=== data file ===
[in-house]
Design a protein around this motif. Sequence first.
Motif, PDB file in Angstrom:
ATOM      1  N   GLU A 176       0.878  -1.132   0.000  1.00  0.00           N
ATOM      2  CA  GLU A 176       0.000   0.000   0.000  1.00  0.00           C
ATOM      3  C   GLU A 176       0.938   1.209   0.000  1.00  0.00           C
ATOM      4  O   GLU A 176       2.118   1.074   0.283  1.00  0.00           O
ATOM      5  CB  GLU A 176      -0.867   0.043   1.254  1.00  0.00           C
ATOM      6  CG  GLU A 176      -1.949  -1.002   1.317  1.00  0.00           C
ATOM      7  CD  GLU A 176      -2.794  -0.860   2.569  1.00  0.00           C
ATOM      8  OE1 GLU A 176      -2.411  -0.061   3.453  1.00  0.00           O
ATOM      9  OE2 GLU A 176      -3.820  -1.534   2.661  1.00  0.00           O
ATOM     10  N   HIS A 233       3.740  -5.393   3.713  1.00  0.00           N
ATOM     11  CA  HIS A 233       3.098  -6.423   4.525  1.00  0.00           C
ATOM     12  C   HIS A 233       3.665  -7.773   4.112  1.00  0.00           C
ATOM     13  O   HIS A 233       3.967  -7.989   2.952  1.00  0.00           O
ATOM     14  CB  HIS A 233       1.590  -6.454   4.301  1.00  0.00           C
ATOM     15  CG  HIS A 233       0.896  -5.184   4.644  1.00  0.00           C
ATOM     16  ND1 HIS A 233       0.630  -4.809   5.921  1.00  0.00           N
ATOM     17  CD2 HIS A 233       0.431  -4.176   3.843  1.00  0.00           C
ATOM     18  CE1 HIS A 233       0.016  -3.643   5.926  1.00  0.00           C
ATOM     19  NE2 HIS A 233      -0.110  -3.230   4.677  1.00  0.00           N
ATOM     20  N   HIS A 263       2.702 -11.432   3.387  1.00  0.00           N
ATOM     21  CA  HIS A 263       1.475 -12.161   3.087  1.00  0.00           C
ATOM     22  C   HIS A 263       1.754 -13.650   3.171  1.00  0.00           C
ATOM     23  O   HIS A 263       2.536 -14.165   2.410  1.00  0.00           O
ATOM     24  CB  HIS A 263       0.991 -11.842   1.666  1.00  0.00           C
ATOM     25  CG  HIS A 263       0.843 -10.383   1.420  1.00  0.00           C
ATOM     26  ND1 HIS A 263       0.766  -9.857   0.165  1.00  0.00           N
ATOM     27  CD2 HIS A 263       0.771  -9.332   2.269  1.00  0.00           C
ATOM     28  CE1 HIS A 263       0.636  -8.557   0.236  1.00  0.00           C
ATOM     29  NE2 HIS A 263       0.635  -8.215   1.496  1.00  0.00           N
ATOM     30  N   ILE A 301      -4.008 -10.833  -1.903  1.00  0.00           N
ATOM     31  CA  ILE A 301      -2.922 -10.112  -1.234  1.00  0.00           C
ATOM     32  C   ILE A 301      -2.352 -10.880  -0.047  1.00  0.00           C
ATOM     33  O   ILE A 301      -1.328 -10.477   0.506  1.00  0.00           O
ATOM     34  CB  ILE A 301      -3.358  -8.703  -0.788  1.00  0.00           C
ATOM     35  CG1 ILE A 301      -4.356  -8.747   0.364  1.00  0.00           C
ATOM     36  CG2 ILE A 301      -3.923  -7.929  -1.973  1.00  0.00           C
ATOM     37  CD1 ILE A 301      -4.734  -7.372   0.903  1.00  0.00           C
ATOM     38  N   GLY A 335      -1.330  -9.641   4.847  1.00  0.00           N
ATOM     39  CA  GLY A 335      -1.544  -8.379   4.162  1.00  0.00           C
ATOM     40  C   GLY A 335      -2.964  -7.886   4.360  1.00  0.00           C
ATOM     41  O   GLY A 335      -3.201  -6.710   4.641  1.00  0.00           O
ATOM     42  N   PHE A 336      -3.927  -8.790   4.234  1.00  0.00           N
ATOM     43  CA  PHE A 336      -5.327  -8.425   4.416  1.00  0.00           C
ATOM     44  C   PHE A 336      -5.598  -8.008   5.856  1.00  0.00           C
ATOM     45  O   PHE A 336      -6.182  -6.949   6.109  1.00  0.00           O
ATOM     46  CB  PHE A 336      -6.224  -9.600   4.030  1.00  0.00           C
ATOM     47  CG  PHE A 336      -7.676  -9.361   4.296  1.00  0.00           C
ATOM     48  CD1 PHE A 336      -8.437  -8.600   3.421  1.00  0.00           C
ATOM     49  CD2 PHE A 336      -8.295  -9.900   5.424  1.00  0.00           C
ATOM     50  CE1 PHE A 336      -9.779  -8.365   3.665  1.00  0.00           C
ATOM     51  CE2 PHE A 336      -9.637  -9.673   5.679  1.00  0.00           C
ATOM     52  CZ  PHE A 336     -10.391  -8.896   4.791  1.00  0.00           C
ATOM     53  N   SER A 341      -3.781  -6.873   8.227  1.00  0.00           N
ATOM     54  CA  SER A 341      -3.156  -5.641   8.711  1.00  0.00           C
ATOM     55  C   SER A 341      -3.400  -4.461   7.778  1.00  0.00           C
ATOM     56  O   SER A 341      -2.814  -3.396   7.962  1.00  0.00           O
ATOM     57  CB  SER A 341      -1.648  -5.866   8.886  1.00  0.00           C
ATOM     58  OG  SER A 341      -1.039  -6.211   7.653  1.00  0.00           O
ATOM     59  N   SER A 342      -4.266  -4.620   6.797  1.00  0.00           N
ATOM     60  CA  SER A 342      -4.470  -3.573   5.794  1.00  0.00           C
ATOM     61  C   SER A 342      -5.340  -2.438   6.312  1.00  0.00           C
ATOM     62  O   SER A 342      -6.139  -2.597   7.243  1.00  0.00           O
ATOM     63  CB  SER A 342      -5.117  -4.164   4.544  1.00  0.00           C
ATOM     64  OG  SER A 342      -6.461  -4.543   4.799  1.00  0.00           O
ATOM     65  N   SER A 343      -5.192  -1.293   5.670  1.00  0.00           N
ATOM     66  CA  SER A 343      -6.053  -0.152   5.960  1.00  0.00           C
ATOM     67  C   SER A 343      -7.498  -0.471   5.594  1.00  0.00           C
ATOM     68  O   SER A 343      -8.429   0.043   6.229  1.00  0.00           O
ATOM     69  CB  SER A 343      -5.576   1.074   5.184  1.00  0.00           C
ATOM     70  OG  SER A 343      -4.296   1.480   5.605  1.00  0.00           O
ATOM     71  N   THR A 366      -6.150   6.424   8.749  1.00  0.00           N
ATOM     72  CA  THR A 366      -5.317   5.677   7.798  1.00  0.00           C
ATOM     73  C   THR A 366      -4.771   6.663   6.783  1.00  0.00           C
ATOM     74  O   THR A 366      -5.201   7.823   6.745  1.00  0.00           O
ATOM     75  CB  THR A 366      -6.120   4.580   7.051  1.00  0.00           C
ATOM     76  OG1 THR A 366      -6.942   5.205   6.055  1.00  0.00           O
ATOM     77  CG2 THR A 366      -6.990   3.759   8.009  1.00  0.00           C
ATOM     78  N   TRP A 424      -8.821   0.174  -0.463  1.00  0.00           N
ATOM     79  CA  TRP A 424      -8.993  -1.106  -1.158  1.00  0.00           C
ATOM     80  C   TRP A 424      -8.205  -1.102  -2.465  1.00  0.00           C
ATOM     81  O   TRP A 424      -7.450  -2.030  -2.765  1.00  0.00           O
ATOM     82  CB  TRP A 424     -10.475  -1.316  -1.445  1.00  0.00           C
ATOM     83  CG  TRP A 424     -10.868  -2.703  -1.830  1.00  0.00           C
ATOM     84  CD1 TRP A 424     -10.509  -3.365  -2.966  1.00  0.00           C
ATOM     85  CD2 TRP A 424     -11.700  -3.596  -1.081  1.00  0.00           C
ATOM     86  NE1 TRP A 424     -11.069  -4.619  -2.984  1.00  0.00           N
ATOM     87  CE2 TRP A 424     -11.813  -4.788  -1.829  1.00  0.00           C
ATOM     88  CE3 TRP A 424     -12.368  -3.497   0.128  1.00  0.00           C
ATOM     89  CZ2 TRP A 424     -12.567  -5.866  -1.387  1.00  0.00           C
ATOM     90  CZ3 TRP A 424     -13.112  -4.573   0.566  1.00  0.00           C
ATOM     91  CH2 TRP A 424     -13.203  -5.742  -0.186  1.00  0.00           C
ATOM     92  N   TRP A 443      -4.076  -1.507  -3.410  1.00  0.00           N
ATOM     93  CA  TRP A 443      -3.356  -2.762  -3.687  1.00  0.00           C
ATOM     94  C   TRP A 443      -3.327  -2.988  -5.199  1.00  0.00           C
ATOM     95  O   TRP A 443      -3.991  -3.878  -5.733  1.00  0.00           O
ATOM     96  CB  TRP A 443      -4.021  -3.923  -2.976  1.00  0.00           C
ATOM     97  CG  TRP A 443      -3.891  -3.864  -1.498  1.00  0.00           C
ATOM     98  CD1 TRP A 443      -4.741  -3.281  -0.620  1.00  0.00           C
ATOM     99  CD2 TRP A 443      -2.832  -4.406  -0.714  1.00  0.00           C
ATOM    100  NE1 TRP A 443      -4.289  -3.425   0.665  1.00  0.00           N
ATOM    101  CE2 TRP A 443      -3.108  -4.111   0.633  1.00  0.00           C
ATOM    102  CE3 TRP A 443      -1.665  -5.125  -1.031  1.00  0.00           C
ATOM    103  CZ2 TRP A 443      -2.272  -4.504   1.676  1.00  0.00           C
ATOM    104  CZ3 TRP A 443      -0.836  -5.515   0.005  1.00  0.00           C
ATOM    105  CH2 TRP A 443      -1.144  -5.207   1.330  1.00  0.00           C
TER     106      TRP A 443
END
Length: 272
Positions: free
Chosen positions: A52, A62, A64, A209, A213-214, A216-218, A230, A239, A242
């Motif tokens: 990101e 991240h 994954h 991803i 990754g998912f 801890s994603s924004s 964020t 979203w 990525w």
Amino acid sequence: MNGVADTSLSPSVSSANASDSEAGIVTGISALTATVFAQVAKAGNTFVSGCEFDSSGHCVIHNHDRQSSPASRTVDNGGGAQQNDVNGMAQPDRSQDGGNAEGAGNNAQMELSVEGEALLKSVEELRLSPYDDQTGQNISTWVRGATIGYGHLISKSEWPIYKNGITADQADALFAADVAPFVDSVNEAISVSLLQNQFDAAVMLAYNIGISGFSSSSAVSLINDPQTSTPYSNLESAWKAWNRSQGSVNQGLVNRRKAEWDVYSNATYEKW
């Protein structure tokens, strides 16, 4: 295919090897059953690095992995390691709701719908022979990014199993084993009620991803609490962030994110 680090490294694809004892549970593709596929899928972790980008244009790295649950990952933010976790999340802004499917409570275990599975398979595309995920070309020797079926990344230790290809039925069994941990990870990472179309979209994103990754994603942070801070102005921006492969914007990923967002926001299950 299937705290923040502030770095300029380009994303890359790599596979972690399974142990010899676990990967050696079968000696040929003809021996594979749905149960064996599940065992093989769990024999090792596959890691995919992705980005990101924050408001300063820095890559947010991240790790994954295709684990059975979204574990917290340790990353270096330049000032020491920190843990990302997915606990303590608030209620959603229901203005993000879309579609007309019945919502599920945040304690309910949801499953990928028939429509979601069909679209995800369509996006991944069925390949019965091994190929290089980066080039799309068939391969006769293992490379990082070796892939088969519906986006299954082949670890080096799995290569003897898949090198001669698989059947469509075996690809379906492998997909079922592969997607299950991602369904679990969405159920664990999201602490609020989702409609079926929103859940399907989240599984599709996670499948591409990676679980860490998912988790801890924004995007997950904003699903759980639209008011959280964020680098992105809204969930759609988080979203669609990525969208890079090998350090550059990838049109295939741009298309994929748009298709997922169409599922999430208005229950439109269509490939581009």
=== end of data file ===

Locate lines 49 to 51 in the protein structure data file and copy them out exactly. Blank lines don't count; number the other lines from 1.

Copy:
ATOM     46  CB  PHE A 336      -6.224  -9.600   4.030  1.00  0.00           C
ATOM     47  CG  PHE A 336      -7.676  -9.361   4.296  1.00  0.00           C
ATOM     48  CD1 PHE A 336      -8.437  -8.600   3.421  1.00  0.00           C